Roz Roseboro, principal analyst for Omdia, joins the podcast to discuss her research on service provider use of the public cloud and whether SPs should try to be more like the hyperscalers. Hosted on Acast. See acast.com/privacy for more information.
In this week's episode, we are joined by Snell Prosthetics & Orthotics' President and CEO Frank Snell, CPO, LPO, FAAOP, and his daughter Chief Financial Officer Melissa Snell, CFm. SPS Regional Sales Manager Christina Cox also stops by to chat with Frank and Melissa about the intricacies of managing a family owned O&P clinic. Click here to learn more about Snell Prosthetics and Orthotics. Click here to join our email list.Thank you Becker Orthopedic for sponsoring this episode! Click here to learn more about the Triple Action. The Microprocessor promotion is back at SPS. From October 1 – December 31, 2022, purchase a qualifying microprocessor product and receive a Solo Stove Campfire! Learn more. Visit spsco.com Also, email us! The O&P Check-in is a bi-monthly podcast featuring the latest orthotics and prosthetics news, trends, best practices, regulations and policies. Designed for O&P professionals, join Brendan Erickson and Jacki Green as they interview guests and share the latest advancements in the industry.
Dev from Sizzle Popcorn and Rockit Central stopped by to talk about his famous popcorn, how he got working with Theta, what's next, and much more. The Boys talk Tdrop, SPS, and Tigions drop amongst other hot issues and hot takes.
Rappin' With ReefBum is a LIVE talk show with host Keith Berkelhamer and guests from the reef keeping community. In this episode I chat with Dong Zou from AcroGarden.Dong has a PhD in chemistry and worked for several pharmaceutical companies in various therapeutic areas, including anti-inflammatory, cancer, pain management and anti-infectious diseases. He developed his first interest in marine invertebrates when he was working as a post doc at the University of Virginia. Dong has been in aquarium hobby since he was in college and initially focused on keeping fancy designer goldfish and discus. He got into the saltwater hobby in 2004 after setting up his first marine fish tank for a Nemo and after he discovered the Boston Reefers Society. About 10 years ago he cofounded his first company on drug discovery. Soon after that, he was able to combine his passion for coral and his experience in the pharmaceutical industry and cofounded a new company, eCove BioMarine. This company focused on aquaculture coral for drug discovery and bone grafting. His current company, AcroGarden Inc, was then founded to hold the intellectual properties and to study coral farming. AcroGarden is now Dong's primary focus. The company produces aqua-cultured coral, mainly SPS, for the hobby.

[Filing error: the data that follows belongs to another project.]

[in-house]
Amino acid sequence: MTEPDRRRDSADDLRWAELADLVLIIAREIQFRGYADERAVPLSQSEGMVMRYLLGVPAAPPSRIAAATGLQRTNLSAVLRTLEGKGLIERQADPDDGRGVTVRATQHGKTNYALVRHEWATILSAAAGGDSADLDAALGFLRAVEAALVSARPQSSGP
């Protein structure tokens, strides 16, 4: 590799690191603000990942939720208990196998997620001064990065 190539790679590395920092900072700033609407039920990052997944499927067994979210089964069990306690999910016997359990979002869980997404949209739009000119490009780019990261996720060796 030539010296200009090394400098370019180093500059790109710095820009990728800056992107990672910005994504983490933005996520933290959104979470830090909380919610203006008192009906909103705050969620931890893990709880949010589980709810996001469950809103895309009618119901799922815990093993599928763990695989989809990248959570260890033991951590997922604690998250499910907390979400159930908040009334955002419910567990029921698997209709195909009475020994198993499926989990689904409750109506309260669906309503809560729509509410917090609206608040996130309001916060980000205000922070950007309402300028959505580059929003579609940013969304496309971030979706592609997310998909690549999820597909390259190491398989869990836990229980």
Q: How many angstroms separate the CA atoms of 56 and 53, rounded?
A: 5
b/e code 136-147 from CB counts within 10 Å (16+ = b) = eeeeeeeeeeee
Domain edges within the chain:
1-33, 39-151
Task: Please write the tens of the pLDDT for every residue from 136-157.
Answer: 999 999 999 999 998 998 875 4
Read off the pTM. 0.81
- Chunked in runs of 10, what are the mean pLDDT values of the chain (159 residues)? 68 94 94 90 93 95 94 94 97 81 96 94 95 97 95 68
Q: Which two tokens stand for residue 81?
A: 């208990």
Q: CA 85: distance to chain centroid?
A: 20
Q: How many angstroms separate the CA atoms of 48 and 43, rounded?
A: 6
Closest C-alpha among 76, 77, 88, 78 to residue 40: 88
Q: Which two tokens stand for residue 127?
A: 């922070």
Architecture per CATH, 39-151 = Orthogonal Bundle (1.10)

“The real challenge is how do a I as an SP differentiate my services, how do I innovate on those services,” says Andy Lark, CMO of Dubber. Lark reflects on earlier tries of monetizing the network, which ultimately were expensive and lacked differentiation. Now, SPs are focusing on their core value: enabling conversations. “You need the magic in the network,” Lark adds, to capitalize on the services SPs already deliver and that sit right at the core of their offerings. In this podcast we learn about using ML and AI to create visibility into the conversations that the SP is already facilitating. Workflow automation, where conversations are captured into actionable data. “What I want is the major action items tagged for me,” says Lark. We discuss how AI and ML enable people to not just get a transcript of a meeting or a customer call, but to be given the exact things they need to glean from that call. We are moving from creating huge amounts of undigested and digestible data, to bite size pieces of data, and then on to being given exactly the bite size bits that we need to react, enabling a sale, improve customer service or get a jump on dispute resolution. Whereas some of this was available to giant firms, now SPs can offer this to their smallest clients. But we need to make sure that customers understand that they're not just getting a transcript but more of a roadmap for action. Imagine that for less than the cost of a cup of coffee we get quick meeting highlights, a customer satisfaction score and even a notice to check in with customers of note. Visit www.dubber.net